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ICE says, "Form I-94 is the DHS Arrival/Departure Record issued to aliens who are admitted to the U.S., who are adjusting status while in the U.S. or extending their stay, among other things."

In order to retrieve your I-94, you can just go to this website:

https://i94.cbp.dhs.gov/I94/#/recent-search

and a few personal data, and there you get your I-94.

I wonder whether every agency that knows my passport can look up my USA travel history. This includes foreign immigration offices, my own home country and also employers that collect too much data.

In fact, even if somebody knows my birthday and a few digits of the passport number, that is already enough to let software just run a brute force attack.

Are there any security measures in place that I am overlooking, and what can people do with my I94?

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    "what can people do with my I-94" is probably best asked as a different question, but in general the answer is that most people can't do anything useful with it. – phoog Nov 27 '20 at 5:35
  • The US is a very open country. If someone owns property, you can look up their full list of houses as well as how much they've paid for them on the county's legal registry. – JonathanReez Nov 27 '20 at 15:07
  • @JonathanReez: That's interesting ... however, I am wondering whether foreign governments can crawl the county's legal registry. – shuhalo Nov 27 '20 at 22:48
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When you go to the I-94 website, you have to agree to a warning:

By accessing this website, you understand and acknowledge that:

You are declaring under penalty of perjury pursuant to 28 U.S. Code § 1746 that you: (1) are only seeking records about yourself, (2) are seeking records about someone for whom you are the legal guardian, or (3) you have the consent of the person whose records you are seeking. You are not authorized to access this website to retrieve records of another person unless you are the person's legal guardian or you have the person's consent.

Unauthorized or improper use or access of this website, including the unauthorized or improper modification, destruction, or disclosure of any information or data contained herein, is expressly prohibited, and may result in civil and criminal penalties.

The access and use of this website is subject to monitoring by DHS for administrative, law enforcement, or criminal investigative purposes, inquiries into alleged wrongdoing or misuse, and to ensure proper performance of applicable security features and procedures. DHS may monitor the access or use of this website without further notice. You may not process classified national security information on this website.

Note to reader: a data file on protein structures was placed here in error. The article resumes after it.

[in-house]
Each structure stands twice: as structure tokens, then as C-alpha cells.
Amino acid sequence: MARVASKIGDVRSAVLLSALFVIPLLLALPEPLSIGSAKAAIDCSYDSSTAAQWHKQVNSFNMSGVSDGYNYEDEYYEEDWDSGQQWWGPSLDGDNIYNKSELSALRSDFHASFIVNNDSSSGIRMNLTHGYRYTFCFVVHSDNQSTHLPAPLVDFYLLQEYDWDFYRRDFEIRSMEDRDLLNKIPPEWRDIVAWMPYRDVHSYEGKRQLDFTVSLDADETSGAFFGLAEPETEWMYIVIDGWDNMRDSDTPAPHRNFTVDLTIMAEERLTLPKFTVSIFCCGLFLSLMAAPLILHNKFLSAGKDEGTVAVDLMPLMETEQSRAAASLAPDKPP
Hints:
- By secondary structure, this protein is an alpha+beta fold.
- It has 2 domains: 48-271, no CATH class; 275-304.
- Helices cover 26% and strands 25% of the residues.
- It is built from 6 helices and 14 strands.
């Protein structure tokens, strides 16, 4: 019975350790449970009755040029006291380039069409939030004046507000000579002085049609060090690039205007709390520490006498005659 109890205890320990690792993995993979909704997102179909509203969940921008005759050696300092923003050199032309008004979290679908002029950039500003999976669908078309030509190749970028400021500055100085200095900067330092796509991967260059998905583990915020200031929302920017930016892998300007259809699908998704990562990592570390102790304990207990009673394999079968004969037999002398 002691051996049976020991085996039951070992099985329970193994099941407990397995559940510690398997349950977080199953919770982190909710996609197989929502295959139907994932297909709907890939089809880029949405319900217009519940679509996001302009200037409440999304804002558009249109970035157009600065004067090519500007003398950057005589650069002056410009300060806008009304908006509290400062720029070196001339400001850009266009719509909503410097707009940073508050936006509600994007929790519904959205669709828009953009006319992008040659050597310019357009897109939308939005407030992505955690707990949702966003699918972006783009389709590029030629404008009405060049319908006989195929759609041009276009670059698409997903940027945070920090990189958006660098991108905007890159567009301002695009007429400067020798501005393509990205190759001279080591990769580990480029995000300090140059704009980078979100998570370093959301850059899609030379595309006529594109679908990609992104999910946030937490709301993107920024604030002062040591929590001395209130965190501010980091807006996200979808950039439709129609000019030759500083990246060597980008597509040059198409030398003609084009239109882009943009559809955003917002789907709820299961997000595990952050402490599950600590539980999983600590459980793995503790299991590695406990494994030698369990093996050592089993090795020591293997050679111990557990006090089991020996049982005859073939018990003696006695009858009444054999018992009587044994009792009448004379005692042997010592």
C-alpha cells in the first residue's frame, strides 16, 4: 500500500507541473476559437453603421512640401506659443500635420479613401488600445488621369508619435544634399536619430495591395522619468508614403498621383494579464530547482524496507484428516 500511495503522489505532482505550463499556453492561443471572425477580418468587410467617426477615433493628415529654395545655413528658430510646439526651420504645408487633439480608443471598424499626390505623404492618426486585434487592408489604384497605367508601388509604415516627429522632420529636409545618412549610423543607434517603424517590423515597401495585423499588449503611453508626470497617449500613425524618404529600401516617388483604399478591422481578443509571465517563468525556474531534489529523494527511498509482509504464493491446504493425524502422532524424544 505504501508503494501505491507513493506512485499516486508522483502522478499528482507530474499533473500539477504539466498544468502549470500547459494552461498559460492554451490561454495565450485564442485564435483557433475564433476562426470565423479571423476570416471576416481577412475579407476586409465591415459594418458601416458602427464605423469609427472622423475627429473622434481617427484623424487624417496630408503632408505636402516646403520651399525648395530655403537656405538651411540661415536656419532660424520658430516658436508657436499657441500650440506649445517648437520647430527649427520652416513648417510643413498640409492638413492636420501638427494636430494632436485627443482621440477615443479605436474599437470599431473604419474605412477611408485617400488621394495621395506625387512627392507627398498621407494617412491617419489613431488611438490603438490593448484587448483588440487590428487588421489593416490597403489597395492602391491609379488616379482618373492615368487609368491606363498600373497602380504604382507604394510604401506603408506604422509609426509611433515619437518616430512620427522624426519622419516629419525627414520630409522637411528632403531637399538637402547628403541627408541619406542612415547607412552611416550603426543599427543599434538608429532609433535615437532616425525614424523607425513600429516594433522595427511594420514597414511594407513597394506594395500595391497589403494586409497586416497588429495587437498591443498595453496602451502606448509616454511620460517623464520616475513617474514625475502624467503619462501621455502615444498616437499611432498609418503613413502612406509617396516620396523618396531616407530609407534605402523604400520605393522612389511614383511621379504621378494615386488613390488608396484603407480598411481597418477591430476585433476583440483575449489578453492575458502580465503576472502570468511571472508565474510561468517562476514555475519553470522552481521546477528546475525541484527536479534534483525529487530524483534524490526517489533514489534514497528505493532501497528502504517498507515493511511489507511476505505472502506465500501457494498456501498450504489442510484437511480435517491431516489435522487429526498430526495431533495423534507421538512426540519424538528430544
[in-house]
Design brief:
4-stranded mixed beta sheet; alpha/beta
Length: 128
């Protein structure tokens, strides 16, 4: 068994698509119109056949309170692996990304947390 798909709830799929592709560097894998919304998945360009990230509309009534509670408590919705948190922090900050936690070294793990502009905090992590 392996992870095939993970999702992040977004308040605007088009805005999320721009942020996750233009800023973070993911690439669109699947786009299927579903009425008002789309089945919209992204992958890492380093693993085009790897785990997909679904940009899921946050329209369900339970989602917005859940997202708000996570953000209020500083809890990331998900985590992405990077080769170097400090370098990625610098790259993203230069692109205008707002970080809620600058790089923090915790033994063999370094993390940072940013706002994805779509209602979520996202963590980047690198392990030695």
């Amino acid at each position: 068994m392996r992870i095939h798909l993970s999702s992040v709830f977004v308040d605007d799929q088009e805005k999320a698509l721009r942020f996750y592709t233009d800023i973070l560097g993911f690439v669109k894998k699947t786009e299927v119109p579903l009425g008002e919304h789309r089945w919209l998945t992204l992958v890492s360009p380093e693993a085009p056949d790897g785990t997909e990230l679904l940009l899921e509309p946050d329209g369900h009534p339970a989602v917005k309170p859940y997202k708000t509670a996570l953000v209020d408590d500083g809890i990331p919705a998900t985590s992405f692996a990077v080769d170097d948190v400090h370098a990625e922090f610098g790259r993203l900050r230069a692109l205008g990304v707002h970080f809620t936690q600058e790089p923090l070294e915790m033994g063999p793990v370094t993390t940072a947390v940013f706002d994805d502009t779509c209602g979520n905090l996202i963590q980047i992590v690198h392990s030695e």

So at least on paper, it violates US law for someone else to look up your information unless they have your consent. But practically, there's not a deeply strong mechanism to enforce that, and people or entities outside of the US might not care that they're breaking US law. I wouldn't be surprised if there was some monitoring in place to detect bulk queries, brute force attacks, and abuse of the system, but it seems unlikely a rogue employer or someone else performing a single lookup would be caught and face consequences for that even if it is illegal.

If you click through to the privacy notice for the website, it does say that "CBP will retain the information submitted when attempting to access records through this website for 3 months for audit and system performance purposes," so there's at least a theoretical possibility they could identify some types of misuse from those logs. If you think your records have been misused, you could conceivably try requesting a copy of those logs that pertain to you; I have no idea if they'll actually give them to you (or refuse because you're not a citizen/permanent resident, or perhaps misunderstand your request and just send you your I-94) or do so in a timely fashion or whether they'd be of any use.

So yes, anyone with the required information from your passport can see your travel history (or at least the potentially incomplete version displayed by the website).

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    "If you think your records have been misused, you could conceivably try requesting a copy" That would have to be within those mentioned 3 months, and whether that information will be actually useful... Long story short, it looks like the answer to "Are there any security measures in place" is No. – Mast Nov 27 '20 at 13:54

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